• Recent Posts: Influencer Relations

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    Saying farewell to David Bradshaw

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    David Bradshaw 1953-2016

    David Bradshaw 1953-2016

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    AR managers are failing with consulting firms

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Commenting on analyst blogs to build relationships with analysts on the cheap [Startup Saturday]

rocket-for-startups.jpgOne of the challenges for startups is how to build relationships with analysts when they do not have a services contract. Because many analyst firms put the analysts behind a paywall, startups cannot call up the analyst for an ad hoc conversation. Yes, one can do some relationship building via briefings and informal interactions at events, but not having client inquiry takes an important tool out of the AR tool box. Luckily, there is a new avenue for building relationships without requiring client status and that is commenting on the analysts’ blogs.

More and more analysts are writing blogs, either directly tied to their firm or as a personal branding tool. In addition, savvy analysts are using their blogs as idea development platforms to incorporate a broader community into their research work. This increased usage provides a huge opportunity for startups – and any AR team – to develop top-of-mind presence and a relationship. All bloggers appreciate good comments so a startup can leverage some of its unique market insights (see here and here) to contribute interesting content to their analysts’ blogs. The more the startup comments, the more aware the analyst will be and an online conversation can start that will spill out into the analog world without the need for a contract.  Don’t forget to mention if you have a blog as well.

Don’t stop with blogs, startups can also use other social media as well. Check to see if the analyst is on Twitter (see SageCircle’s Analyst Twitter Directory), Facebook and LinkedIn. If they are, then you can use each of those particular media in the appropriate manner to interact and deepen relationships with your analysts. However, do be careful that you do not step over the line and appear to be stalking.

SageCircle Technique:

  • Determine which of your top analyst have blogs (use a blog search tool, Tekrati’s Analyst Blog Directory or simply ask the analyst)
  • Add the analyst blog to your RSS
  • Review daily for opportunities to comment
  • Link to analyst blog entries from your own blog where appropriate
  • Interview your executives and domain experts for comment fodder even they will not comment directly
  • Check back to see if the analyst has commented on your comment to see if a response is appropriate

Bottom Line: Traditional analyst firms want to put their analysts in a walled garden. However, social media is starting to crumble the paywalls and smart startups can use this change in the market to build relationships with analysts until the startup can afford the services contracts that permit client inquiry.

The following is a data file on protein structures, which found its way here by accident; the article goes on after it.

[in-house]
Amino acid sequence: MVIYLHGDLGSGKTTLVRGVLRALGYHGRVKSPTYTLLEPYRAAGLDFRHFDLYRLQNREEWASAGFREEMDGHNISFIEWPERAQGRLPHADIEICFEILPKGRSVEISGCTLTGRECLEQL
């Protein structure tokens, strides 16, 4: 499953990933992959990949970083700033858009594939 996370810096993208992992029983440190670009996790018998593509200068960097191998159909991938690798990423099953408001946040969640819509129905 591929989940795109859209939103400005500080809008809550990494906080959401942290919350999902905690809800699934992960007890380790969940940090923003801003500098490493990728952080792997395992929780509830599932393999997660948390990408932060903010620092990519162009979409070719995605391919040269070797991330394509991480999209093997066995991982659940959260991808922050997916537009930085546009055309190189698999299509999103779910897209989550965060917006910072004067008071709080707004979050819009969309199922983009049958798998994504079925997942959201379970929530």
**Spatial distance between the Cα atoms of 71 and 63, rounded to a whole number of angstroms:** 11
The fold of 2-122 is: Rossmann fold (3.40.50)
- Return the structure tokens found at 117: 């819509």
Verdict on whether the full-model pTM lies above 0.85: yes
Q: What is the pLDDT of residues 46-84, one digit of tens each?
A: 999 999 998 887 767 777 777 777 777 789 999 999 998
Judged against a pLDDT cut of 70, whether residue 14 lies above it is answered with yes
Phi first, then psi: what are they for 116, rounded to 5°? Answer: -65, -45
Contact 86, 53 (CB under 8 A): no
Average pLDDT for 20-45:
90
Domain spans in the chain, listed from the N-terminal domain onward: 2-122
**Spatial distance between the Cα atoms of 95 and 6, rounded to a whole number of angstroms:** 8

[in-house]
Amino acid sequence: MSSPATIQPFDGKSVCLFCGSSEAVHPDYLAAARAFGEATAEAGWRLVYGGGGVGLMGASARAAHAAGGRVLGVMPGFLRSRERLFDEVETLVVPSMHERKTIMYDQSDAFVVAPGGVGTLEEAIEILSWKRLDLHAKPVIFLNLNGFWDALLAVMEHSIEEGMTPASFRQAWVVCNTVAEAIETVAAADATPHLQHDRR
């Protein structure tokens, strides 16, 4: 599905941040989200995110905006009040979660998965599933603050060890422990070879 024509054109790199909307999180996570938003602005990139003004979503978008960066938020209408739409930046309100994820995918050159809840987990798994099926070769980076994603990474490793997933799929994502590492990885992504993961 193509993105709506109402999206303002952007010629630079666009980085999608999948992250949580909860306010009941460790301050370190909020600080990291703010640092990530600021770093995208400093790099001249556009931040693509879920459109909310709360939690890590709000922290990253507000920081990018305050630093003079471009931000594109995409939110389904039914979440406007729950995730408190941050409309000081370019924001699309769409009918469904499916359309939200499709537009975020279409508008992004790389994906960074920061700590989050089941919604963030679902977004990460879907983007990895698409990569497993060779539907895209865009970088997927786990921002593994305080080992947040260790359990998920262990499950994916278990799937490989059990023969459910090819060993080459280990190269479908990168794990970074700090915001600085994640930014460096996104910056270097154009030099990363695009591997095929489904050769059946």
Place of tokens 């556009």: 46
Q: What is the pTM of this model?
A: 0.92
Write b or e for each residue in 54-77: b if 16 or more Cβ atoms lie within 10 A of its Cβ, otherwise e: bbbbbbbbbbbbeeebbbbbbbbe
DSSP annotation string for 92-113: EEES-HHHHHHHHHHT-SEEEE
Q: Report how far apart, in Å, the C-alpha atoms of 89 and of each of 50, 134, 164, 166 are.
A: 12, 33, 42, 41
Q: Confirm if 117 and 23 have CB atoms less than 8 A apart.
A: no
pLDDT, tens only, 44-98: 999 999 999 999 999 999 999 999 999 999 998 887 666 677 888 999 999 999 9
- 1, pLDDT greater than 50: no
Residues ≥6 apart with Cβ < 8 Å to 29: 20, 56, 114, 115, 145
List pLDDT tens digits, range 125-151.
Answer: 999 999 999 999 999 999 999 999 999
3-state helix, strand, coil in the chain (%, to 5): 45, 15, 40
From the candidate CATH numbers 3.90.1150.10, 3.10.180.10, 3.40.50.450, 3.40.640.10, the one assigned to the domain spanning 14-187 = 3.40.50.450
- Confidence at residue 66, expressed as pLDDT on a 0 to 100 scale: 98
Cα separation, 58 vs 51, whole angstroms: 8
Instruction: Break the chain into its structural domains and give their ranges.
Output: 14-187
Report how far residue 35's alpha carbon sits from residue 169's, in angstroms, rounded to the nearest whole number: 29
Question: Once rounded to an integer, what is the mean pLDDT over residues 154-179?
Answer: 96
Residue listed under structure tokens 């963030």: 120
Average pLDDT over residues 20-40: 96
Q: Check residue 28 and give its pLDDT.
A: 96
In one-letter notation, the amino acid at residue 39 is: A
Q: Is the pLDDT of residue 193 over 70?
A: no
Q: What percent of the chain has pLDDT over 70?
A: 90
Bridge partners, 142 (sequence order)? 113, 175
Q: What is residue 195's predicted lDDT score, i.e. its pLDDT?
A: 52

Startups – Have you confirmed which of your tier 1 and tier 2 analysts have blogs? Do you regularly comment on relevant posts?

Analysts – At what point does a vendor step over the line from contributor to stalker? What advice would you offer startups on how to communicate with you via social media?

How SageCircle can Help: If you need advice about how to leverage social media to build awareness and relationships with analysts, check out SageCircle’s two-hour and five-hour advisory paks or Annual Advisory Service. The advisory paks are easy to setup and pay for via credit card. We can help you by:

  • Analyzing your analysts’ blogs and suggest content you could contribute via comment
  • Critiquing your comments before you post them
  • Suggesting tactics and providing best practices for using other forms of social media

For more information, visit our website or contact us at sales [at] sagecircle dot com or 650-274-8309.

3 Responses

  1. Carter – this is a very interesting topic – glad you brought it up.

    Blogs are great for open discussion forums. However, I would warn startups against using blogs for free sale-pitches. They are a forum for inputting intelligent commentary and insight. Blog-masters will quickly block comments on their blogs that are entirely self-serving, or add no value.

  2. Hi Phi, Thanks for the great comment. I tried to emphasize that startups or other AR teams contribute value-added content, but I did not say what they should not do — sometimes the most important part. >>grin<< Other topics not appropriate are:

    * Try to persuade the analyst to do a briefing outside of the normal process for the firm (if the analyst is impressed with the comments, she will ask for a briefing)

    * Leave non-value added comments like “Great post!”

    * Leave too many comments where it feels like stalking

    Other no-no’s within the context of analyst-specific blogs?

  3. I get literally hundreds of comments from people in places like China, Eastern Europe and India… and I have to spend time either editing the English (because it makes little sense) or deleting them because they simply make no sense at all. And these are often from vendor execs in top tier companies. AR should train their clients on how to post effectively. Bloggers LOVE plenty of comments, so please do not see this advice as a discouragement… more of a “please comment MORE, but ensure it is of value add”. Moreover, don’t be scared to disagree with the blogger if you think he/she is talking garbage… that’s part of blogging culture… intelligent debate.


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